e a chance, I want to go to the front. I wish I could be here and there, too, at the same time. We were fairly besieged with visitors till time to dress for the party. Miss Pyncheon dined with us, and Gardiner Montgomery is staying in the house, and I can't tell how many other people dropped in. It was all perfectly delightful. Capt. Hobbs and Dr. Pyncheon offered themselves as escorts, but we had already made engagements with Albert Bacon and Jim Chiles. We gave Miss Pyncheon and Dr. Sloane seats in our carriage, and we six cliqued together a good deal during the evening, and had a fine time of it. I never did enjoy a party more and never had less to say about one. I had not a single adventure during the entire evening. Metta was the belle, par excellence, but Miss Pyncheon and I were not very far behind, and I think I was ahead of them all in my dress. Miss Pyncheon wore a white puffed tarleton, with pearls and white flowers. The dress, though beautiful, was not becoming
loud from Hannah More. As my eyes are still too weak from measles for me to read much myself, I was glad to be edified by Hannah More, rather than be left to my own dull company. The others came back at three, and then, just as we were sitting down to dinner, the Mallarys called and spent the rest of the day. We ate no supper, but went to bed on an eggnog at midnight. Jan. 12, Thursday The rest of them out visiting again all the morning, leaving me to enjoy life with Mrs. Meals and Hannah More. The Edwin Bacons and Merrill Callaway and his bride were invited to spend the evening with us and I found it rather dull. I am just sick enough to be a bore to myself and everybody else. Merrill has married Katy Furlow, of Americus, and she says that soon after my journey home last spring she met my young Charlestonian, and that he went into raptures over me, and said he never was so delighted with anybody in his life, so it seems the attraction was mutual. I have a letter from Tol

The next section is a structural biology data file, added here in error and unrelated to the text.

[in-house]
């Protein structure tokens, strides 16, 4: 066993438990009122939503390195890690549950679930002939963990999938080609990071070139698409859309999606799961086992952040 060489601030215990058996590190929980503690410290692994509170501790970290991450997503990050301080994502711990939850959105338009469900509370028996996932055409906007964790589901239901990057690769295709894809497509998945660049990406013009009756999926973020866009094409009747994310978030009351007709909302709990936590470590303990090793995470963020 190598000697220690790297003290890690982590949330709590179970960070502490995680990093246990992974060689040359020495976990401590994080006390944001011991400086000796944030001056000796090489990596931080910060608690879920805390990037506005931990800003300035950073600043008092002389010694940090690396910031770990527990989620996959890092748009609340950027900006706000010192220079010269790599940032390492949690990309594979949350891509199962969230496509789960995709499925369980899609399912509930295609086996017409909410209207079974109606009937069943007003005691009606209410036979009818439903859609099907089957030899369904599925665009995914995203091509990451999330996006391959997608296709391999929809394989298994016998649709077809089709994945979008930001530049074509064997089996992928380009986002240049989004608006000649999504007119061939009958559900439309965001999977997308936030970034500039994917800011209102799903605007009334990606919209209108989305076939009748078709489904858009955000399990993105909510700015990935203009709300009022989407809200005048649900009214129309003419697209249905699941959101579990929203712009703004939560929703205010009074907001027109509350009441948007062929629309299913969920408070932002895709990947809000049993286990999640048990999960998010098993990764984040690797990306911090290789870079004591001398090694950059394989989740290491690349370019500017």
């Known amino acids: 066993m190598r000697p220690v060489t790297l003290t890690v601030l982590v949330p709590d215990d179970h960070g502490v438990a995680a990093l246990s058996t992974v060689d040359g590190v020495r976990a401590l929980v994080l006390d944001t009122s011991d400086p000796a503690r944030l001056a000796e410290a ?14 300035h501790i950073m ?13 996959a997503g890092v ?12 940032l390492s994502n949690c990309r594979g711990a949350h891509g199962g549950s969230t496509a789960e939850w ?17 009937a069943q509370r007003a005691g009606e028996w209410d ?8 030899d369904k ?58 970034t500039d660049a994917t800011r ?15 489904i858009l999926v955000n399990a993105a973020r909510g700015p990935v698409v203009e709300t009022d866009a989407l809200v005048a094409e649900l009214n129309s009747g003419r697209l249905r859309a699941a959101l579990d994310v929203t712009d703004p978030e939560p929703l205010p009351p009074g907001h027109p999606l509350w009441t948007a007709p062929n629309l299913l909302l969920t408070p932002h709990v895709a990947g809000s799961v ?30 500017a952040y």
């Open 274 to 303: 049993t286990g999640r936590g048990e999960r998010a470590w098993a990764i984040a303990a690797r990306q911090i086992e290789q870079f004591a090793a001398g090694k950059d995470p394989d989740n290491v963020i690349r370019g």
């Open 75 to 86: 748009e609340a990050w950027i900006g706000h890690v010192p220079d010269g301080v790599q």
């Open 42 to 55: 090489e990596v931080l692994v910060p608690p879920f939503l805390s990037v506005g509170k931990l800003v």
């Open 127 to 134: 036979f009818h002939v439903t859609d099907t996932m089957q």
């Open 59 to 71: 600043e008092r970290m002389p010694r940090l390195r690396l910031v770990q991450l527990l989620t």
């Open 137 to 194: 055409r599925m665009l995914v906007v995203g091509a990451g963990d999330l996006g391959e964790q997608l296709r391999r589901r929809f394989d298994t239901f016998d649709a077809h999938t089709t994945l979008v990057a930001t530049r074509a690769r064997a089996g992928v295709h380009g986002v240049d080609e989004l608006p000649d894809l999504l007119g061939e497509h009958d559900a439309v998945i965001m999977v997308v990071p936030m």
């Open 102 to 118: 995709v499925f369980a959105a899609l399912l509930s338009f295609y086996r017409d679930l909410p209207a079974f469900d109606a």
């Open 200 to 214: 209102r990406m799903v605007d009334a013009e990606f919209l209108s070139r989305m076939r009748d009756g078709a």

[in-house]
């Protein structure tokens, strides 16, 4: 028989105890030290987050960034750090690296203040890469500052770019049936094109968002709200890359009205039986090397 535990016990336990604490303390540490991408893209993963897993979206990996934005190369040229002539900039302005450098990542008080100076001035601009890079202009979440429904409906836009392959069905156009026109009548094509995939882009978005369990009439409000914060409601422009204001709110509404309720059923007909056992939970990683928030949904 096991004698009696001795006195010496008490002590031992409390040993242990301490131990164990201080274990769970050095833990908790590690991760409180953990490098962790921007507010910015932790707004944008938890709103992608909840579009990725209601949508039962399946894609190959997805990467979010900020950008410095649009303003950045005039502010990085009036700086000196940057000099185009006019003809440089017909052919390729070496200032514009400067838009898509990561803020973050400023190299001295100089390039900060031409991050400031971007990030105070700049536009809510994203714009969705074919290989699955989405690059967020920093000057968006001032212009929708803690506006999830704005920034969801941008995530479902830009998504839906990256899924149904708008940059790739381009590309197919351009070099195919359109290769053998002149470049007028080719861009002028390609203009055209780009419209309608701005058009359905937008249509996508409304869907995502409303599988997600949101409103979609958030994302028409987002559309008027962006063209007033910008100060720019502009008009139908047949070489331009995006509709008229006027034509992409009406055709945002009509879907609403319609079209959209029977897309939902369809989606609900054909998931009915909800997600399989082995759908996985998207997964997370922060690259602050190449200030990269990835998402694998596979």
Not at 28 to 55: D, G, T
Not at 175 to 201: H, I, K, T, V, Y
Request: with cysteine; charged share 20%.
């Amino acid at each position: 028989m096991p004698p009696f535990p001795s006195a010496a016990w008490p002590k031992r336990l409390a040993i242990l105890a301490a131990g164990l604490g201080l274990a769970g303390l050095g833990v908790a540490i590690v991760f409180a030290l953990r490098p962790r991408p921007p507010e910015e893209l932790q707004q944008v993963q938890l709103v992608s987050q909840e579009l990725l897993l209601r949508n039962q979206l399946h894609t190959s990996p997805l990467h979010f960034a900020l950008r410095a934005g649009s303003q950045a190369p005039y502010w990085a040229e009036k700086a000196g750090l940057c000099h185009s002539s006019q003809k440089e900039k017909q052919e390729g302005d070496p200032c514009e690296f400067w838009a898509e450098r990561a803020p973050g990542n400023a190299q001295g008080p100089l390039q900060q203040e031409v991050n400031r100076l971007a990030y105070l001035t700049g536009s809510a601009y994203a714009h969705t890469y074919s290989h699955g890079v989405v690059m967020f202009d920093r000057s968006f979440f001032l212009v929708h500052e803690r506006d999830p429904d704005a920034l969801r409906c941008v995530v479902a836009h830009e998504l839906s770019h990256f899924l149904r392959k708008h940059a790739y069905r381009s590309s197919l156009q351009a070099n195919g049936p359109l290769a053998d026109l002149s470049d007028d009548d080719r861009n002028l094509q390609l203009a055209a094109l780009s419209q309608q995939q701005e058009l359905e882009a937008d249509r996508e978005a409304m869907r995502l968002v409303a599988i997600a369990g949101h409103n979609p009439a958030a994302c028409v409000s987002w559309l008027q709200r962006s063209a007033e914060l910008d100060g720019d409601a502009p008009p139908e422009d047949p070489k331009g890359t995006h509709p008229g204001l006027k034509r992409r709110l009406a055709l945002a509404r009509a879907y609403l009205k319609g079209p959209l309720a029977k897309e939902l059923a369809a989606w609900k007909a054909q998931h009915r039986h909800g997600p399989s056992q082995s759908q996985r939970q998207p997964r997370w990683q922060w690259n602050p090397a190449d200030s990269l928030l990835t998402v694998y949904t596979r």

ay to the Altamaha, he said, and promised to do his best to keep the raiders from getting to us. Jan. 21, Saturday. Albany, Ga I never in all my life knew such furious rains as we had last night; it seemed as if the heavens themselves were falling upon us. In addition to the uproar among the elements, my slumbers were disturbed by frightful dreams about Garnett. Twice during the night I dreamed that he was dead and in a state of corruption, and I couldn't get anybody to bury him. Col. Avery and Capt. Mackall were somehow mixed up in the horrid vision, trying to help me, but powerless to do so. In the morning, when we waked, I found that Metta also had dreamed of Garnett's death. I am not superstitious, but I can't help feeling more anxious than usual to hear news of my darling brother. The rain held up about dinner time and Mrs. Sims determined to return to Albany, in spite of high waters and the threatening aspect of the sky. We went five miles out of our way to find a
Jim Farley (search for this): chapter 3
aired before we can use it again. We have not even the mail to relieve the monotony of life; sometimes the hack does not pass Gum Pond for four days at a time. March 20, Monday The rain has stopped at last and the waters are beginning to subside, but the roads are terrible. We have had a mail at last, too, and a long letter from home giving us carte blanche as to future movements; as dear old father expressed it: Go where you please, when you please, do what you please and call on Mr. Farley or Mr. Butler for all the money you need. That is the way I like to be treated. I think now we will go to Chunnennuggee by way of Eufaula and the Chattahoochee. The river trip would be pleasant, and Jenny and Julia Toombs are with their aunt in Eufaula, who has invited us to meet them there. However, our movements are so uncertain that I don't like to make engagements. We will stop a few days in Cuthbert with the Joyners, anyway. March 21, Tuesday. Albany Pouring down rain ag